#4 Leurgy

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Posted 20 February 2005 - 05:07 PM

Hi doublespy

Take a look at Clean Install Procedure with Illustrative Screen Captures. It talks about an upgrade version but the only difference is you won't be prompted for a previous copy of Windows so that is your line by line instructions right there. After you get XP installed then you would install the sound card drivers.

In order to find those drivers you will need to identify your motherboard as it seems the sound is onboard and supplied through your chipset. Do you have a CD that has the motherboard drivers? If so you would run that after you install XP as long as those drivers are XP compatible. If not once you know what motherboard you have you can download the proper drivers. Try using Belarc Advisor. It will give you enough info on your system to find what you need.

Post back with your motherboard specs and we'll find your drivers if you need them.

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#5 doublespy

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Posted 20 February 2005 - 06:26 PM

I have for a motherboard, which I found out is the worst one to have so I'm keeping my fingers cross here, which is K7T266 Pro2 MS-6380 ATX Mainboard Version 2.1. Hope that is what you need. The actual audio was somthing like A97 2380 something rather.

As to those instructions, those will set partitions and everything? I printed them and want to make sure I'm doing everything corretly. I do not think those instructions mentions how to delete partions or wipe the drive. It just jumps into installing clean. Can you help with that portion? Thanks!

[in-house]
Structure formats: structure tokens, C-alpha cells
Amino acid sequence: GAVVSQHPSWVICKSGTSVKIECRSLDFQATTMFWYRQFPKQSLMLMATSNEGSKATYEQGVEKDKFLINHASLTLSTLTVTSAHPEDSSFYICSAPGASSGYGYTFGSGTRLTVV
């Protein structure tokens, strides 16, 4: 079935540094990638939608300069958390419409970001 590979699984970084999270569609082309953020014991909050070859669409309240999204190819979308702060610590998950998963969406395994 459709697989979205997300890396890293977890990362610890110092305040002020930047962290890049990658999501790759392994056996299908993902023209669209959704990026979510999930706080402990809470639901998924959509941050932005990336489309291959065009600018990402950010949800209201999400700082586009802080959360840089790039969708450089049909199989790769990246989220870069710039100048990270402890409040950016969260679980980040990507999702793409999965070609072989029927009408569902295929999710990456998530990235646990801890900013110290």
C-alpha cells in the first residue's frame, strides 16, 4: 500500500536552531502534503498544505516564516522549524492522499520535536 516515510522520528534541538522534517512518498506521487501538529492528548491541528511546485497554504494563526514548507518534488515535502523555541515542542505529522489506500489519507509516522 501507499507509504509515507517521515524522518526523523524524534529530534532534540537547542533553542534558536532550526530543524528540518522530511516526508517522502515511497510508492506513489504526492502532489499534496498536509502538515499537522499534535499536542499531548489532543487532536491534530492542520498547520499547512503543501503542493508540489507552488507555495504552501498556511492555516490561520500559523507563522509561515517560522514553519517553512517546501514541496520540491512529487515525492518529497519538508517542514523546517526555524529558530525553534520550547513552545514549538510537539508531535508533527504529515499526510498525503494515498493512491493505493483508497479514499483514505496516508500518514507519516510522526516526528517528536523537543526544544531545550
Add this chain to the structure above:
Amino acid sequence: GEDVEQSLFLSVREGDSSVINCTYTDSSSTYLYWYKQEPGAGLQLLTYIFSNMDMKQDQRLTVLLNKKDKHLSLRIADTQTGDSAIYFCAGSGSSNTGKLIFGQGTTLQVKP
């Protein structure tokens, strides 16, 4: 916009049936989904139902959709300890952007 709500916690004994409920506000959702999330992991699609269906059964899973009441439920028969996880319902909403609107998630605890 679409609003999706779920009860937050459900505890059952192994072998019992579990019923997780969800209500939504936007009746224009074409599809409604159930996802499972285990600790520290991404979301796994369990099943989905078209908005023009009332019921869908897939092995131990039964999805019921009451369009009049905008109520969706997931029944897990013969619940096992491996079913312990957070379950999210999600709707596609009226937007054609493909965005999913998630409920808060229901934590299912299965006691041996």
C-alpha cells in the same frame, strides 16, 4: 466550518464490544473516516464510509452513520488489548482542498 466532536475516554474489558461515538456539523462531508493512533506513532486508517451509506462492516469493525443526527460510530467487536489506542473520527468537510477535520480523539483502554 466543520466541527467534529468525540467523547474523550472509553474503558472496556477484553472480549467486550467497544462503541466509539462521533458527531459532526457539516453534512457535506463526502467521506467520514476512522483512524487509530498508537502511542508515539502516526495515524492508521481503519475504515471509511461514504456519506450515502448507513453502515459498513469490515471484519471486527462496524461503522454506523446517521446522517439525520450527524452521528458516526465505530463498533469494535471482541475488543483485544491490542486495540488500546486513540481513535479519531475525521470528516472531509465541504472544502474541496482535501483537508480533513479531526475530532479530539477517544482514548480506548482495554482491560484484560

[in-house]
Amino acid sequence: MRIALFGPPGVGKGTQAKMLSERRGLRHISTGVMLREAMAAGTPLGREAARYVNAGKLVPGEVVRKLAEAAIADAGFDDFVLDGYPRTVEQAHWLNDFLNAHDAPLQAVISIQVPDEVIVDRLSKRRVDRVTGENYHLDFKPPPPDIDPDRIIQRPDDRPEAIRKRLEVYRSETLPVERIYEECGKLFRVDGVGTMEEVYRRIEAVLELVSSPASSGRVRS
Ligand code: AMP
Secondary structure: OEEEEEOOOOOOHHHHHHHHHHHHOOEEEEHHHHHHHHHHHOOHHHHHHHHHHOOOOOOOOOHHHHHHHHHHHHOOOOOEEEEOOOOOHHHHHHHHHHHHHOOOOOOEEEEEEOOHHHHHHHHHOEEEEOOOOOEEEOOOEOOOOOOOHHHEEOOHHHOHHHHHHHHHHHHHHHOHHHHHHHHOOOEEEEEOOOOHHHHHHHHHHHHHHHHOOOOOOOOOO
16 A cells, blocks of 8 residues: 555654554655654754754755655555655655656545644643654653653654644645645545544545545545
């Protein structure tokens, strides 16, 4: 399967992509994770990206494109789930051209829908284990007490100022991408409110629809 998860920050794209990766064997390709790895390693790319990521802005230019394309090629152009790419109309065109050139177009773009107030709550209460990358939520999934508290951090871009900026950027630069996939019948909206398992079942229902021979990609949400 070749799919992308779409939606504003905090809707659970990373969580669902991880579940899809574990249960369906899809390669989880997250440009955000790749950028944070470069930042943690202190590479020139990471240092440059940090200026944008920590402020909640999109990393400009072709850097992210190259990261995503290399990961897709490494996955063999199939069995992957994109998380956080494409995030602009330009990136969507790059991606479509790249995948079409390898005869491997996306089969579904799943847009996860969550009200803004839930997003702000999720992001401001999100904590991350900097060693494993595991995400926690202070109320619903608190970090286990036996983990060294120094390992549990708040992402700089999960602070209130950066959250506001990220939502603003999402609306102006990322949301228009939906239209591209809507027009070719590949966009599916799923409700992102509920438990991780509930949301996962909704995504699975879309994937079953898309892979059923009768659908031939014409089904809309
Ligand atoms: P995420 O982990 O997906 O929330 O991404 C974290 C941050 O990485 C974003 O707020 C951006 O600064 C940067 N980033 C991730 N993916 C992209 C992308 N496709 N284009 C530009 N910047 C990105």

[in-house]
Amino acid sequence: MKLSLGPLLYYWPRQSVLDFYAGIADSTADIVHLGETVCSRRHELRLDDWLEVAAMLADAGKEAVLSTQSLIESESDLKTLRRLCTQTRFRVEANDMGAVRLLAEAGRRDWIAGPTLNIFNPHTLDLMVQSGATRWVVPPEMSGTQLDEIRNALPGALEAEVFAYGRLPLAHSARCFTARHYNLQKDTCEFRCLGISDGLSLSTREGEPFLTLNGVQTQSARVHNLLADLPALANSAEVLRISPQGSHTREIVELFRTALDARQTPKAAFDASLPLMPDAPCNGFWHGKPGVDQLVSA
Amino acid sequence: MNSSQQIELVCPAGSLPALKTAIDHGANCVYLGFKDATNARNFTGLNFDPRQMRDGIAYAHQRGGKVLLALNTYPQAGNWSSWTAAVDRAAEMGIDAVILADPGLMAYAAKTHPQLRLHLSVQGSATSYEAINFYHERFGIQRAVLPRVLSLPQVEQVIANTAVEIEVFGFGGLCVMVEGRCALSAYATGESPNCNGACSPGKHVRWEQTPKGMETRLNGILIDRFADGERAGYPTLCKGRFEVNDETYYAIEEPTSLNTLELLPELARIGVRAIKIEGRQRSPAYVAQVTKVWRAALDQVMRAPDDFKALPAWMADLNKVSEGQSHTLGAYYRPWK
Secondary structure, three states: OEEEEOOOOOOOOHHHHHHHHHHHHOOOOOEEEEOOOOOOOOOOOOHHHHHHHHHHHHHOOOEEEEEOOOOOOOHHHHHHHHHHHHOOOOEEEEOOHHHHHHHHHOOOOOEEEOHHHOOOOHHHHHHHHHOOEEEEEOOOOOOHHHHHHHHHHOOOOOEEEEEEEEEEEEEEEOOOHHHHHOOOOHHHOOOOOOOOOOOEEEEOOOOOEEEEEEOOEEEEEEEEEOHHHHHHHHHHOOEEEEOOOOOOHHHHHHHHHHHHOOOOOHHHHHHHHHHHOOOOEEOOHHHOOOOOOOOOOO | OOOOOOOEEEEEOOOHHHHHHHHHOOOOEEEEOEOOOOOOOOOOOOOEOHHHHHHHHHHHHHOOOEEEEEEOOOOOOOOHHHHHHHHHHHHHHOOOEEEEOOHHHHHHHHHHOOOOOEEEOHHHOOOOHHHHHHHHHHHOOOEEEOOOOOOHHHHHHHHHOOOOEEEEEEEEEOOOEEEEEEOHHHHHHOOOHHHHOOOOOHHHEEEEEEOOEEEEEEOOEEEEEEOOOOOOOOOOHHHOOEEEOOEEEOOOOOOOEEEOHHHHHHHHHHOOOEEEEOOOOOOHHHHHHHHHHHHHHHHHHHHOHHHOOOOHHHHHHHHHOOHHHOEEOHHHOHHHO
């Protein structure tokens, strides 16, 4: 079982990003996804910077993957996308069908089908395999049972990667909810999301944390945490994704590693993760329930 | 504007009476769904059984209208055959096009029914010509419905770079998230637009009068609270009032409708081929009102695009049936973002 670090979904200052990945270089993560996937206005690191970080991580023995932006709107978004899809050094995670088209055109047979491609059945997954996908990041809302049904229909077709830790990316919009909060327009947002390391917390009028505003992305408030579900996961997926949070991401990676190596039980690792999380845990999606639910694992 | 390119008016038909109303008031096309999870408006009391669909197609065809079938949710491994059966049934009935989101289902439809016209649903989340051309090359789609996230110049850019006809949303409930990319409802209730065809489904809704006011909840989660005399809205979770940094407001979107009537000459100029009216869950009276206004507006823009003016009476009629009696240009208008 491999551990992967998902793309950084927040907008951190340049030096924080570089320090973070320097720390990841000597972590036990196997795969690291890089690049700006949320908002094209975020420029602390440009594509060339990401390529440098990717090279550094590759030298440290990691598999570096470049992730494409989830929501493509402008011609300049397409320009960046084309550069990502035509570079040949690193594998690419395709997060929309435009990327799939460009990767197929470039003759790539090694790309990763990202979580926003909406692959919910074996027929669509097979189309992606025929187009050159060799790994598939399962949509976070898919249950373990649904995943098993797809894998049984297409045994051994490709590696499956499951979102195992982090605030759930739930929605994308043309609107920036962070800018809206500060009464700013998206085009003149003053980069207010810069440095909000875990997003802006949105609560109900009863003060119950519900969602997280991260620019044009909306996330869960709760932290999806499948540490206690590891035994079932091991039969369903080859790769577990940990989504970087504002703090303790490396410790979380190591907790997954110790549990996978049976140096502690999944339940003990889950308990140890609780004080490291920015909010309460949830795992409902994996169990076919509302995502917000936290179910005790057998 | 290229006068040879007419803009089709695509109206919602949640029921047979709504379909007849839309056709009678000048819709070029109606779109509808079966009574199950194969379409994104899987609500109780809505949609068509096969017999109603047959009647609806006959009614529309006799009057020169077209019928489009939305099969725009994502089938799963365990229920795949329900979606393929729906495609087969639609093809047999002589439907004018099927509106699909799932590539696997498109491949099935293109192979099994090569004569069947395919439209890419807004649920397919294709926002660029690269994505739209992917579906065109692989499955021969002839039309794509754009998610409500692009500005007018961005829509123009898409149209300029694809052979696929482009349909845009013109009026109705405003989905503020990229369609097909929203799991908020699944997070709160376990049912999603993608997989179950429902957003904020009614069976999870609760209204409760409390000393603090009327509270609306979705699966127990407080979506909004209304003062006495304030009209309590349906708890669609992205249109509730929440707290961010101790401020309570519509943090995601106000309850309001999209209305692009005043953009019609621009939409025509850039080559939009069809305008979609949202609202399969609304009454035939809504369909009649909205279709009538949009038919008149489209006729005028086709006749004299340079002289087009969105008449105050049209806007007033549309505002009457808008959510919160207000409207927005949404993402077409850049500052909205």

#6 doublespy

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Posted 20 February 2005 - 06:29 PM

Here are my specs according to Belarc website:

Operating System System Model
Windows 98 SE (build 4.10.2222) MSI MS-6380 2.0
Asset Tag: 0123ABC
Processor a Main Circuit Board b
1.33 gigahertz AMD Athlon
128 kilobyte primary memory cache
256 kilobyte secondary memory cache Board: MSI MS-6380 2.0
Bus Clock: 133 megahertz
BIOS: American Megatrends Inc. 07.00T 11/30/2001
Drives Memory Modules c,d
40.01 Gigabytes Usable Hard Drive Capacity
4.60 Gigabytes Hard Drive Free Space

ATAPI CD-R/RW 32X10 [CD-ROM drive]
Generic floppy disk drive (3.5")

ST340016A [Hard drive] (40.02 GB) -- drive 0, s/n 3HS2GAFG, rev 3.10, SMART Status: Healthy 256 Megabytes Installed Memory

Slot '0' has 256 MB
Slot '1' is Empty
Slot '2' is Empty
Local Drive Volumes

c: (on drive 0) 40.01 GB 4.60 GB free

Network Drives
None detected
Users Printers
No details available None detected
Controllers Display
Standard Floppy Disk Controller
Primary IDE controller (dual fifo)
Secondary IDE controller (dual fifo)
VIA Bus Master PCI IDE Controller NVIDIA GeForce2 MX/MX 400 [Display adapter]
Default Monitor
Default Monitor
Bus Adapters Multimedia